UPDATED 20:17 EDT / JANUARY 14 2021


Despite antitrust investigation, Google completes its acquisition of Fitbit

Google LLC today completed its acquisition of smartwatch maker Fitbit Inc. despite an ongoing antitrust investigation into the deal.

The $2.1 billion acquisition deal was announced in November 2019, when the announcement immediately caused a backlash. Some Fitbit users were reported to be ditching their devices over data privacy concerns.

Founded in 2007, Fitbit offers a range of compact, wireless and wearable sensors that are designed to track a person’s daily activities in order to promote a healthy lifestyle. For Google, the acquisition delivers a range of smartwatches that can compete directly with market leader Apple Inc. with its Apple Watch. “By buying Fitbit, Google is acquiring customers and data,” commented Patrick Moorhead, president and principal analyst at Moor Insights & Strategy, told SiliconANGLE at the time. “I think it’s a good move given Google has failed so far in wearables and Apple is so far ahead with Watch.”

The gathering of data in particular is where concerns have been raised given that Google operates on a model that involves mining customer data to present them with advertising. The U.S. Department of Justice launched a probe into the deal in December 2019 amid concerns from groups including the Center for Digital Democracy and Public Citizen about the deal giving Google access to even more data about U.S. citizens.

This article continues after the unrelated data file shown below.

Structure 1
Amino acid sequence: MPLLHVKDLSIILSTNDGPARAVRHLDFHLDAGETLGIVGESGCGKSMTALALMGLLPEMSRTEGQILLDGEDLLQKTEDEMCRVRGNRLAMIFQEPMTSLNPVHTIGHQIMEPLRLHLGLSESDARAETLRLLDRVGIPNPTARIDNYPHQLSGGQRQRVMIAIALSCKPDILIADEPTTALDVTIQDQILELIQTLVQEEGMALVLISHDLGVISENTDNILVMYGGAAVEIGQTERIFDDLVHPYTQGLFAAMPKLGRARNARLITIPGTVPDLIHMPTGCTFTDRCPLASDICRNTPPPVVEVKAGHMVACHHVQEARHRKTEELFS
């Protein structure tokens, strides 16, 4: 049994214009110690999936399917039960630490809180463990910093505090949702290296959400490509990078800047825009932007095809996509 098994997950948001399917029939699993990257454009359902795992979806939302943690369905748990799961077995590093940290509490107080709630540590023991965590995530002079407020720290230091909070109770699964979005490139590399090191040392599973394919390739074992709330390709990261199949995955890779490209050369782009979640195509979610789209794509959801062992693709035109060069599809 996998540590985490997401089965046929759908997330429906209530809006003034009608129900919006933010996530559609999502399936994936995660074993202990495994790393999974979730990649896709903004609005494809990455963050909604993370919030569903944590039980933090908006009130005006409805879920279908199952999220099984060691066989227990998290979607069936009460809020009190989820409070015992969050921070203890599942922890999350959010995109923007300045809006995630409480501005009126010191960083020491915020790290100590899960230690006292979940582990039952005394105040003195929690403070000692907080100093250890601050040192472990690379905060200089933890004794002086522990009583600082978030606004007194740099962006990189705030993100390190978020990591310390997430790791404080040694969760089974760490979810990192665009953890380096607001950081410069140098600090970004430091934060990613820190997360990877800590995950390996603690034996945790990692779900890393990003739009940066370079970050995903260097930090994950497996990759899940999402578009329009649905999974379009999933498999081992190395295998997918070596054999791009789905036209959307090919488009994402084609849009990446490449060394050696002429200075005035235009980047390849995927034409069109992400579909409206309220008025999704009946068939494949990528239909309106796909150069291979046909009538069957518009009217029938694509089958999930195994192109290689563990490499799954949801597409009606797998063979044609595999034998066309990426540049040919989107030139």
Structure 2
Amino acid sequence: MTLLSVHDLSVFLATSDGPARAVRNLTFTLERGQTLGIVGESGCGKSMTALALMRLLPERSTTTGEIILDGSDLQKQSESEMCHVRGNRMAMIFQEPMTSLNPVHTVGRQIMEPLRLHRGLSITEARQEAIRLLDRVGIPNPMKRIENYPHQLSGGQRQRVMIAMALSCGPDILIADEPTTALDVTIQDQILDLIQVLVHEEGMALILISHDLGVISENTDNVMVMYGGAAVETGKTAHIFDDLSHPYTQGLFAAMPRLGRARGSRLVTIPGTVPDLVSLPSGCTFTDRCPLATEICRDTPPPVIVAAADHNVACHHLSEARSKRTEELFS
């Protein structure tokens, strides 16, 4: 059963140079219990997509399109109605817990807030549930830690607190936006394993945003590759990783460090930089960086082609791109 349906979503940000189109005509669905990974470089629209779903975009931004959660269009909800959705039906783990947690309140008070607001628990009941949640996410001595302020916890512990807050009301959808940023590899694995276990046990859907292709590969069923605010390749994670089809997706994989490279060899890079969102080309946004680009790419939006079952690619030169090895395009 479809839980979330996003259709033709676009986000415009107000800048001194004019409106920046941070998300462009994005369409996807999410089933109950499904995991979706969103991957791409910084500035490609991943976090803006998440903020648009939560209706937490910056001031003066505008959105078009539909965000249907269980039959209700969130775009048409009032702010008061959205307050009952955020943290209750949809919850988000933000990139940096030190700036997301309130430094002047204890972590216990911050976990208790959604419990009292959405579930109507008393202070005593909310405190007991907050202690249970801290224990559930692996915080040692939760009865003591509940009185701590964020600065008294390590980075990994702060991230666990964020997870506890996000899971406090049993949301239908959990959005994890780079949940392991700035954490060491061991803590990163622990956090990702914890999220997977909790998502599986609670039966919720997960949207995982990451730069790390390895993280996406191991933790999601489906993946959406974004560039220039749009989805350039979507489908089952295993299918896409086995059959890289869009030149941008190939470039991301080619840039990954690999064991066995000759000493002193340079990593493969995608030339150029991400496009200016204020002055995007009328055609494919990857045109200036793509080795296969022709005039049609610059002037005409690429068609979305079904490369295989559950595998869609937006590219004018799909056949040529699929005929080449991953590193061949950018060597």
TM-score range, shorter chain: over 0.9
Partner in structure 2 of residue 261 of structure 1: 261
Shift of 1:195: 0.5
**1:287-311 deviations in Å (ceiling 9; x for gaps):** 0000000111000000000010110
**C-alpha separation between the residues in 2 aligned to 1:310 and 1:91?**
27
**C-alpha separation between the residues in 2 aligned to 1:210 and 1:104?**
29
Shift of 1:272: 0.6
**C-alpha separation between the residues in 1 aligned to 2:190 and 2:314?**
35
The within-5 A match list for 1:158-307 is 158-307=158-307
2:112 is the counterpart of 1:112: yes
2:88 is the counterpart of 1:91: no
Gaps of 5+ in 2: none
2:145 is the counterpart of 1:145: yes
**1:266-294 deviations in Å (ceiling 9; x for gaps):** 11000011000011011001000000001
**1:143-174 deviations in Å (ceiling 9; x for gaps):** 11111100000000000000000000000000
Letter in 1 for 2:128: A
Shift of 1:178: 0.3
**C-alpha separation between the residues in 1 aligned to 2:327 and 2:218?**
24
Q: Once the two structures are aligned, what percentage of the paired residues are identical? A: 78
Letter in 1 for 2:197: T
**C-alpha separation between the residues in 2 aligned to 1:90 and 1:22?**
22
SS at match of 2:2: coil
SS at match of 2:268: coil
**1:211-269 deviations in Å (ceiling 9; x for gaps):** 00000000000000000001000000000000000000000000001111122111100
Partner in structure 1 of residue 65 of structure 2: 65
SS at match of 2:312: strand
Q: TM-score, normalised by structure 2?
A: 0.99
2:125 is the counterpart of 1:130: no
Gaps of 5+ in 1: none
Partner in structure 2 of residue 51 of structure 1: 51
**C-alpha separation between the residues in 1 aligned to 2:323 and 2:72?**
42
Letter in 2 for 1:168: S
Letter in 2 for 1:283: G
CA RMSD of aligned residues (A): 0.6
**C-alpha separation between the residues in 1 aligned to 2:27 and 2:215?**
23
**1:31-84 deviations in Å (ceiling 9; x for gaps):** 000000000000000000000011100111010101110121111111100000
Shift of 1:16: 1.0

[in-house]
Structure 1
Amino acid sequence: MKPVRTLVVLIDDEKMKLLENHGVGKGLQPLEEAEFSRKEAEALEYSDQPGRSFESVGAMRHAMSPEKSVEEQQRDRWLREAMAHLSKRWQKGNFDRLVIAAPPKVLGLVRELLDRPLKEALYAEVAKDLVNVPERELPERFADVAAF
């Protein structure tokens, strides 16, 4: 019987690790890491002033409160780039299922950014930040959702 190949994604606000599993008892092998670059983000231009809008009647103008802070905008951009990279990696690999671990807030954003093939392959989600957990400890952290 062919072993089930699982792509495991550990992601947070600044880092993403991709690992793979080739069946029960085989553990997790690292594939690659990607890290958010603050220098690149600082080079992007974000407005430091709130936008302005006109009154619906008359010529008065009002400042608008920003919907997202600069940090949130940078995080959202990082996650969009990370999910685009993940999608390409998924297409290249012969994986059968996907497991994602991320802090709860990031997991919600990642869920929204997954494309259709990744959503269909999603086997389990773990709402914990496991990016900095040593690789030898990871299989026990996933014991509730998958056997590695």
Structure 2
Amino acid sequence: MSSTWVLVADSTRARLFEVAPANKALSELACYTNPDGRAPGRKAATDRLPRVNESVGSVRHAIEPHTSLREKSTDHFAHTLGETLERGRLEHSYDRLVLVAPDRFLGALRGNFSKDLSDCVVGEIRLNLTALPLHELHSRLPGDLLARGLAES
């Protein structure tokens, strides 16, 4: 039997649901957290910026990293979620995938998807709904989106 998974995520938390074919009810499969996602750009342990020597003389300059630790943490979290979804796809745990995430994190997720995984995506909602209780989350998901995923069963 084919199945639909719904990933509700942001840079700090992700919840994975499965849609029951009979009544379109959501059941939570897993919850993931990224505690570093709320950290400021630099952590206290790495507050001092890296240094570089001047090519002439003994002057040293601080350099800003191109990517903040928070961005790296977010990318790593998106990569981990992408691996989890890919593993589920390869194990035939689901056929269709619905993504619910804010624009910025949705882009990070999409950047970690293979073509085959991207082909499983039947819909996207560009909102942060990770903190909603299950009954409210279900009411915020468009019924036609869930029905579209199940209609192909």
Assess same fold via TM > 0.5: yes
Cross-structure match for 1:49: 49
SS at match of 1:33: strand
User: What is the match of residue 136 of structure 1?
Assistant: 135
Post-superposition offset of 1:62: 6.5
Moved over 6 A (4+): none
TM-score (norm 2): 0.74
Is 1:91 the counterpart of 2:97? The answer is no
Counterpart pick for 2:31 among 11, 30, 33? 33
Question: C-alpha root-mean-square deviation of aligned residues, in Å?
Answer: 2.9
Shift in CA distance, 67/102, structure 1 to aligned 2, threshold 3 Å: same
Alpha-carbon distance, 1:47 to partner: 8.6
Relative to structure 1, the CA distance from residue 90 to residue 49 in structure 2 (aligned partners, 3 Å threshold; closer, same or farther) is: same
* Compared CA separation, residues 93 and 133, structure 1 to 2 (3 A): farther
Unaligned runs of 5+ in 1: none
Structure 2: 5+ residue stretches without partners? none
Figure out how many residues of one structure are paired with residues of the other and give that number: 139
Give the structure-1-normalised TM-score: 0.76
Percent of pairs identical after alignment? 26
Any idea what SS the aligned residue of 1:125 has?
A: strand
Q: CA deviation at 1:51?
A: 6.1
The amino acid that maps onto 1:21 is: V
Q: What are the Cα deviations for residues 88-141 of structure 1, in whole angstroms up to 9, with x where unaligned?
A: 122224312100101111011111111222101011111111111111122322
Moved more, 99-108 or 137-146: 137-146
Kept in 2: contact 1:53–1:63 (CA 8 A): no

The European Union launched its own probe in August on similar concerns, specifically that Google may use consumer devices collected by Fitbit devices for ad targeting. Officials were concerned that Google could use data such as a wearer’s heart rate, blood oxygen levels and sleep schedule, as well as other health-related details to improve ad personalization to a degree that competing digital advertising providers would have a hard time matching.

“This data provides key insights about the life and the health situation of the users of these devices,” European Commission Executive Vice President Margrethe Vestager said at the time. “Our investigation aims to ensure that control by Google over data collected through wearable devices as a result of the transaction does not distort competition.”

Google came to terms with the EC, with the commission clearing the acquisition of Fitbit Dec. 17 conditional on full compliance with a package offered by Google. Those conditions include Google not using Fitbit data for advertising, maintaining a technical separation of Fitbit user data and allowing users to have an effective choice to grant or deny the use of health and wellness data by other Google services. Additional commitments include maintaining the Fitbit Web application programming interface and continuing to license for free public APIs for wrist-worn devices. The duration of the commitments is 10 years.

Reuters reported that the investigation in the U.S. is ongoing, while Australia is also investigating the deal.

Image: Fitbit

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